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James McClung

Fayette, Seneca Co., NY

Source: Biographical Sketch from Centennial Historical Sketch of Fayette, Seneca Co., NY 1800-1900 by Diedrich Willers [Press of W.F. Humphrey, Geneva, NY, 1900; reprinted by W.E. Morrison & Co., Ovid, NY, 1982], p. 36-37.

      "James McClung, son of John and Sarah McClung was born in Penn's Township (afterwards Buffalo Township) in Cumberland (afterwards Northumberland) County in the State of Pennsylvania Nov. 4, 1744. His parents were of Scotch-Irish birth who came to this country from the north of Ireland. Nothing is known of his childhood or youth. He served honorably in the Revolutionary war in the regiment commanded by Col. James Potter-the portion of the State in which he resided being also open to Indian raids, which required the interposition of military force to repress and punish. It is known that Mr. McClung served in the memorable battle with the British and Hessians t Trenton, N.J., Dec. 26, 1776 and in other engagements.

      In December, 1775, Mr. McClung married Jane Strain residing her Philadelphia in his native State.
      When the tide of emigration from Northern Pennsylvania set in for the Genesee Country, as Western New York was then called, Mr. McClung in 1795 removed with his family to that portion of Romulus, now in Fayette. The county records show that in February, 1796, he purchased from John Rumsey 300 acres of land, part of Military Lot No. 23, at the east end of said lot and nearly one mile from Seneca Lake, which he cleared and improved, and where he resided until his death.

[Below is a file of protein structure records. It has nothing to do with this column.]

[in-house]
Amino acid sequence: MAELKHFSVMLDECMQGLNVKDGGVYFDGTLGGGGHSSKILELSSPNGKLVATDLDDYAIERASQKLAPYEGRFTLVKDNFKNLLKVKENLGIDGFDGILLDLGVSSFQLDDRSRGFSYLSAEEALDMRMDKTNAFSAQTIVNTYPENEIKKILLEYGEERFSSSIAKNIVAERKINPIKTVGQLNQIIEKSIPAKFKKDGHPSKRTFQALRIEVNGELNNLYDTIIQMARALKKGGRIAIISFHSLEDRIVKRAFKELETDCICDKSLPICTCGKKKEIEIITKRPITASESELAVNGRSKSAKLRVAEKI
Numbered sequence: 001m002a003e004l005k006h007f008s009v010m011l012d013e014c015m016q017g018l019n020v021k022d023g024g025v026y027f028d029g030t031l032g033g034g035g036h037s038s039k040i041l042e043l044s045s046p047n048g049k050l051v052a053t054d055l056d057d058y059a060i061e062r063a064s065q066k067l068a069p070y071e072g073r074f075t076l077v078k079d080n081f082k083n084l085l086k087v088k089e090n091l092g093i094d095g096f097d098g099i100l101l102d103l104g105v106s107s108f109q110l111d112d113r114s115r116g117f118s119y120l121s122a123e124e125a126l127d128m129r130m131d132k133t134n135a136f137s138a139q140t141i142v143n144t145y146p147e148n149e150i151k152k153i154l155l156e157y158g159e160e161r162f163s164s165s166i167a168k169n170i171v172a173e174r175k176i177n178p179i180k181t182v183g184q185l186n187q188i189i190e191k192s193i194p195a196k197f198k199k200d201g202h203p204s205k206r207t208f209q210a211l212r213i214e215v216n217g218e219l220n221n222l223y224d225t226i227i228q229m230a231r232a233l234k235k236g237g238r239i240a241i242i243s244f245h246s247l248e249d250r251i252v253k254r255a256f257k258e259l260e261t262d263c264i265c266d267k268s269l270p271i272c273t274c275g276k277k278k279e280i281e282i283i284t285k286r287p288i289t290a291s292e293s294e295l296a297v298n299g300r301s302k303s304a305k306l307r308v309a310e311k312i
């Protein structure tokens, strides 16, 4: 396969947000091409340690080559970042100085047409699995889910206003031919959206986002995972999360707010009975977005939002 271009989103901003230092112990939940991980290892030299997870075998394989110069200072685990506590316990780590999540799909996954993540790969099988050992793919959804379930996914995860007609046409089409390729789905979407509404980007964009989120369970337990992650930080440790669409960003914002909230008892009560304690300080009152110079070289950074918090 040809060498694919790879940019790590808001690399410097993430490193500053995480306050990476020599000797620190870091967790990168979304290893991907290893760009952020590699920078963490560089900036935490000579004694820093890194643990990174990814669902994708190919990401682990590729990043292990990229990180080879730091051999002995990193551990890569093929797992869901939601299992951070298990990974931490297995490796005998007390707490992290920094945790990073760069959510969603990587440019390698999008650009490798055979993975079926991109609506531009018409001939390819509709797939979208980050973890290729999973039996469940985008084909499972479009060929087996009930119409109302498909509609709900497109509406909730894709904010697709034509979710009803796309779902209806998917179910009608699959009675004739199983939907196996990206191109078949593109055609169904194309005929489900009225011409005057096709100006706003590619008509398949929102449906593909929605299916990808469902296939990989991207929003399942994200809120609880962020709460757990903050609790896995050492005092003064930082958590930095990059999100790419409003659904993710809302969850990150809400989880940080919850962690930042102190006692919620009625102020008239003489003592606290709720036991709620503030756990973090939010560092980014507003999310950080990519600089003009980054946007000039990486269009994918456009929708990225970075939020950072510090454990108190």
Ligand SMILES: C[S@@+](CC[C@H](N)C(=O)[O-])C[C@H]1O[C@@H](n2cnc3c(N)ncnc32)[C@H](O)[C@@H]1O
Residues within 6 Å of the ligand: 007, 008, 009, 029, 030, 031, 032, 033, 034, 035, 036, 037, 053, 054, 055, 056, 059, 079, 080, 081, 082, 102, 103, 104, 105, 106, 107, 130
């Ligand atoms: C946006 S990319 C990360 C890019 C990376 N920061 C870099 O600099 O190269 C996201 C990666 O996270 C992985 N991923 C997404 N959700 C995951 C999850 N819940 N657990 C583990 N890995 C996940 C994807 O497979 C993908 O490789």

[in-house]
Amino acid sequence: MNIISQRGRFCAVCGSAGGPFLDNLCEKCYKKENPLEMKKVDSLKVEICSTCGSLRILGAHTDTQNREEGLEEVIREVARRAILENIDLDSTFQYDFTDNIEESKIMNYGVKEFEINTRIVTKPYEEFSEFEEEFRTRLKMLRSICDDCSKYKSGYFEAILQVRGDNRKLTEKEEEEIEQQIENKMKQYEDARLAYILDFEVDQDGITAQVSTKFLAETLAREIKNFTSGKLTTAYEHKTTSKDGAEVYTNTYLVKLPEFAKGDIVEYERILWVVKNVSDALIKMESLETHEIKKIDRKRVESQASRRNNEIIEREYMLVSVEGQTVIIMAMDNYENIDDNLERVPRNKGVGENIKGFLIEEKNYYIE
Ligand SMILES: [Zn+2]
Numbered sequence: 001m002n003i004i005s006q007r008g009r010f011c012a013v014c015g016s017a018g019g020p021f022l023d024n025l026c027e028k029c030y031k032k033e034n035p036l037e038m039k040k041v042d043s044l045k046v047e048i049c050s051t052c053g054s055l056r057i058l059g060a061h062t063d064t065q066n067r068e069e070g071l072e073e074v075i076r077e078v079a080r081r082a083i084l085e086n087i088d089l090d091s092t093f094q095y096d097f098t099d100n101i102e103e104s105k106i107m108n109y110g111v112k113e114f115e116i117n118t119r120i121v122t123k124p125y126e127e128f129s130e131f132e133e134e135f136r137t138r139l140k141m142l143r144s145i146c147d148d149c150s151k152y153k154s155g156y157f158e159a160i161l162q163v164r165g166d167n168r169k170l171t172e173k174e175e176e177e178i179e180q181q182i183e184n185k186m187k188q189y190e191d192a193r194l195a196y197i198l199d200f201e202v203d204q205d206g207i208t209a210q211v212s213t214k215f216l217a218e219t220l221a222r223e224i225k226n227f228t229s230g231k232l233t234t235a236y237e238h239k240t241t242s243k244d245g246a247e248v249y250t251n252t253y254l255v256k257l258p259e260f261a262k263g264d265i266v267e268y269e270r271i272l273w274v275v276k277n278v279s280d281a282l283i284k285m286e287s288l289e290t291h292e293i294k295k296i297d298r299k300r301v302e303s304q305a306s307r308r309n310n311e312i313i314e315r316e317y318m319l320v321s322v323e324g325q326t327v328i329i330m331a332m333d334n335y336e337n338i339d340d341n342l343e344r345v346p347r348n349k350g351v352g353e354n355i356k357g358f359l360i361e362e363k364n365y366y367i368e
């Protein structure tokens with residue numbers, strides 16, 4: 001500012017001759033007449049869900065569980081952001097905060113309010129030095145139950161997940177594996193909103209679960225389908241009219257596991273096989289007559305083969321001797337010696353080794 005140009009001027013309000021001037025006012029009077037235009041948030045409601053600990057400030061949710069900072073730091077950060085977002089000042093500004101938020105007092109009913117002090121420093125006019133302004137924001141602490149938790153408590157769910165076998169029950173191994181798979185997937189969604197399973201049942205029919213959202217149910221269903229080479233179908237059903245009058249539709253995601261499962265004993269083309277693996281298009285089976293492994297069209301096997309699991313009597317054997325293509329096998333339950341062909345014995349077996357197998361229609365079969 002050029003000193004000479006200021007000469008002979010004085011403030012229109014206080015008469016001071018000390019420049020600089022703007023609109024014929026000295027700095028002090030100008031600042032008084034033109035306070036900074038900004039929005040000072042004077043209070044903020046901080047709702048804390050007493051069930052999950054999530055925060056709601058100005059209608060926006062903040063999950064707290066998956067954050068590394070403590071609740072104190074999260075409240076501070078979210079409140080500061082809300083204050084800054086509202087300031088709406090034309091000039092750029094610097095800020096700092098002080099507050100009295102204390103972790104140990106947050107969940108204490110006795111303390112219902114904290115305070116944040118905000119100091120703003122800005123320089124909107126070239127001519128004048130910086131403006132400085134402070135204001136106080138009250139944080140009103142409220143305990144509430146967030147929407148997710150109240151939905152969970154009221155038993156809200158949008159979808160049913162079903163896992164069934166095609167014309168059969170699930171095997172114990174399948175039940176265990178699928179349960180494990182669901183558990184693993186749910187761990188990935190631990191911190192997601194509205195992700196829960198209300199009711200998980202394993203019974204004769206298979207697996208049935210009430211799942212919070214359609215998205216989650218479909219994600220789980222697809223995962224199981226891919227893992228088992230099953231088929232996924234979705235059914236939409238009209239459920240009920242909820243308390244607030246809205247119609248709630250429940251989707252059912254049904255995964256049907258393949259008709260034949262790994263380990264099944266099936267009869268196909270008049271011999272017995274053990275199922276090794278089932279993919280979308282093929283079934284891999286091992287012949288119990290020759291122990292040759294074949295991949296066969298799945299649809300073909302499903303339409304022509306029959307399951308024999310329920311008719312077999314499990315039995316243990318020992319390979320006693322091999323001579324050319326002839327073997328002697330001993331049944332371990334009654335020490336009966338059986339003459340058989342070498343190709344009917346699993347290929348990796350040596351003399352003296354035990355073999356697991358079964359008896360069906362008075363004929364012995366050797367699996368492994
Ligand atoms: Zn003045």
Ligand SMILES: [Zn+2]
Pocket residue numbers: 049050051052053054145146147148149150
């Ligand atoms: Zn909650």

In April, 1799, Mr. McClung was elected an overseer of highways for the town of Romulus and when the Town of Washington (Fayette) was organized in 1800 he was elected its first supervisor and was re-elected the following year.

      Mr. McClung continued to enjoy the confidence and esteem of his townmen and held public positions as long as he would consent to serve. In 1802 and again in 1806 he was named by town meetings, as one of the committee selected in those years to petition the Legislature in relation to the desired location of the north boundary line of Fayette. He was also repeatedly elected to serve as overseer of poor, assessor and commissioner of highways and in other public positions.

      He was the father of six children, three sons and three daughters, who grew to mature years, and most of them emigrated to western States. The names of his sons, John, Robert, and James, appear upon the records of the Town as early officials. One of his sons-in-law, Henry McCartney, served with the Fayette Rifle Company in the war of 1812. A grandson of the same, Prof. Livingstone McCartney, recently held the position of city superintendent of schools at Hopkinsville, State of Kentucky.

      After a life, bounteously lengthened out to merely a century, honored and remembered by his country, which he had served in its darkest hours, and enjoying the repeated endorsement of his fellow citizens, Mr. McClung died in the hope of a blessed immortality, August 16, 1839, in the ninety-fifth year of his age.

'Sleep soldier! still in honored rest,
Your truth and valor wearing;
The bravest are the tenderest,
The loving, are the daring!' "

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